©The World Botanical Associates Web Page
Prepared by Richard W. Spjut
May 2004, March 2009, Feb 2013

Larrea tridentata
Inyo Co., CA
Spjut & Casterline 15747, Mar 2004

Larrea tridentata
Inyo Co., CA
Spjut & Casterline 15747, Mar 2004

Larrea tridentata
Kern Co., Jawbone Canyon, CA
Apr 2011

Death Valley, CA
March 2009




Trees and Shrubs of Kern County (Feb 2013)

Larrea tridentata (Zygophyllum tridentatum Sessé & Mociño ex DeCandolle 1824) Coville 1893 [Excludes L. divaricata Cavanilles 1800, endemic to South America; includes L. glutinosa Engelmann 1848]. Creosote bush.  Evergreen shrub, solitary or clonal and long-lived to thousands of years, leafy near tips, with many wand-like banded (dark resinous nodes) flexuous stems from the base; bark gray; leaves opposite, resinous, aromatic, divided almost completely into two separate diverging leaflets; flowers appearing soon after rain, yellow, 5-merous with 10 stamens; gynoecium 5-carpelled, each carpel with ~6 ovules but only 1 matures (to seed), style 1, stigma 5-lobed; fruit  (camarium) appearing like a small white shaggy ball turning rusty in age, slow to break-up into its five separate indehiscent 1-seeded carpels (monocarps). Common desert shrub, southern California to southwestern Utah, Texas and to central Mexico. Type from Mexico.  Kern Co.: A dominant shrub of the Mojave Desert plains with less than 6 inches of rainfall, “covering tens of thousands of acres” (Twisselmann), occurring also in the San Joaquin Valley in Granite Canyon along Poso Creek between Woody and Bakersfield (McMinn 1939) and along Elk Hills Rd, Naval Petroleum Reserve; 207–1220 m (CCH).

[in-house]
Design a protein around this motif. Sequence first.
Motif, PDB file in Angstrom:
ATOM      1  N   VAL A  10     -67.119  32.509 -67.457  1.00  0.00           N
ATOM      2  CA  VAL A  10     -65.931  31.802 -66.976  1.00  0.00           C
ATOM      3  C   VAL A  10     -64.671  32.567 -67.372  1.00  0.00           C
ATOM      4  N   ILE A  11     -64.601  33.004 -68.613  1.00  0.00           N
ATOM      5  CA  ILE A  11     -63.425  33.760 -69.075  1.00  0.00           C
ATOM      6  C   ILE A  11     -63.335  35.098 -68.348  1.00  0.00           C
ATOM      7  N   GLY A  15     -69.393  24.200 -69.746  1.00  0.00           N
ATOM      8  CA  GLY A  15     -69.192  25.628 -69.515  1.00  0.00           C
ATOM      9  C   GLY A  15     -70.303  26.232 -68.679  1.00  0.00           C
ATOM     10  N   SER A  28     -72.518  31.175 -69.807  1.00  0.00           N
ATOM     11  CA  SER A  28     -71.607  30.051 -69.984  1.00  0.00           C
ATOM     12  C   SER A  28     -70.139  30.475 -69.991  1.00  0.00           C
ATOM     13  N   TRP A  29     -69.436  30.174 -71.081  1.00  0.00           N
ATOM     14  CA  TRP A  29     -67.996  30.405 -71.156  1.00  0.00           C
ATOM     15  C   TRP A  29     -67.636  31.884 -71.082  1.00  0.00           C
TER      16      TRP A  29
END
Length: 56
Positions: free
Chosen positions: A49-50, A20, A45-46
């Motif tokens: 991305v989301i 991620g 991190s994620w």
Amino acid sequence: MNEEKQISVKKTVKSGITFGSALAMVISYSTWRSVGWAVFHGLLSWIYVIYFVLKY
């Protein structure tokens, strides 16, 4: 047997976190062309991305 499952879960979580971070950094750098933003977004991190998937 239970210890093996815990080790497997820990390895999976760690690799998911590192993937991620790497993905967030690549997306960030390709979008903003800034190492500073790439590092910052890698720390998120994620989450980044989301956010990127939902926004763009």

Creosote bush has been treated as belonging to the South American L. divaricata Cavanilles 1800 (McMinn 1939; Munz & Keck 1959; Twisselmann 1967), or as a geographical diploid-polyploid subspecies or variety complex of that species (Felger & Lower 1970 [J. Arizona Acad. Sci. 6: 84.]; Felger et al. 2012), while others recognized the North American creosote as a separate species, L. tridentata (Jepson 1914, var. glutinosa; JM1, JM2). Laport et al. (2012) suggests their geographical disjunction and the occurrence of multiple polyploid races in North America but not South America justifies separate species status despite their low DNA sequence divergence.

Larrea includes three other species, all in South America, from which L. divaricata is distinguished by its larger flowers and hairy monocarps. The others are distinguished by their habit, number of leaflets, and separateness of leaflets; L. ameghinoi Spegazzini 1897 is prostrate with 3–7 leaflets; the other two are erect shrubs, L. nitida Cavanilles 1800 with 8–16  leaflets, and the tetraploid L. cuneifolia Cavanilles 1800 with fused leaflets (Hunziker et al. 1972, 1977).  Lia et al. (2001) found L. divaricata and L. tridentata to form a monophyletic group, compared to other Larrea species and Zygophyllaceae genera, whereas Laport et al. (2012) indicated L. tridentata monophyletic in comparison to other species in the genus. Larrea divaricata has been postulated to have dispersed from South America to North America 4.2–8.4 million years ago (Lia et al. 2001), or 3.9–4.2 mya (Joy & Crespe 2007), or much more recently, 0.5–1.6 mya (Laport et al. 2012).

Larrea tridentata comprises three more or less geographically separated chromosomal races, a diploid race occurring in the Chihuahuan Desert from southeastern Arizona to western Texas and northern Mexico, a northern hexaploid race in the California Sonoran and Mojave deserts and a tetraploid race centered in southern Arizona Sonoran Desert but overlapping partly with the other two races (Laport et al. 2012).  

Larrea tridentata var. arenaria L. D. Benson 1981, a tetraploid considered endemic to the Algodones Sand Dunes (Felger 2000; Laport et al. 2012), has been distinguished by its relatively erect straight branches and pendulous branchlets (noted on type specimen, and by floral features not specified, while also unsupported by DNA phylogeny (Laport et al. 2012); Kern plants could be further distinguished as var. tridentata (hexaploid).  In Kern County, larger plants seem to occur in Jawbone Canyon than what has been observed elsewhere in the County.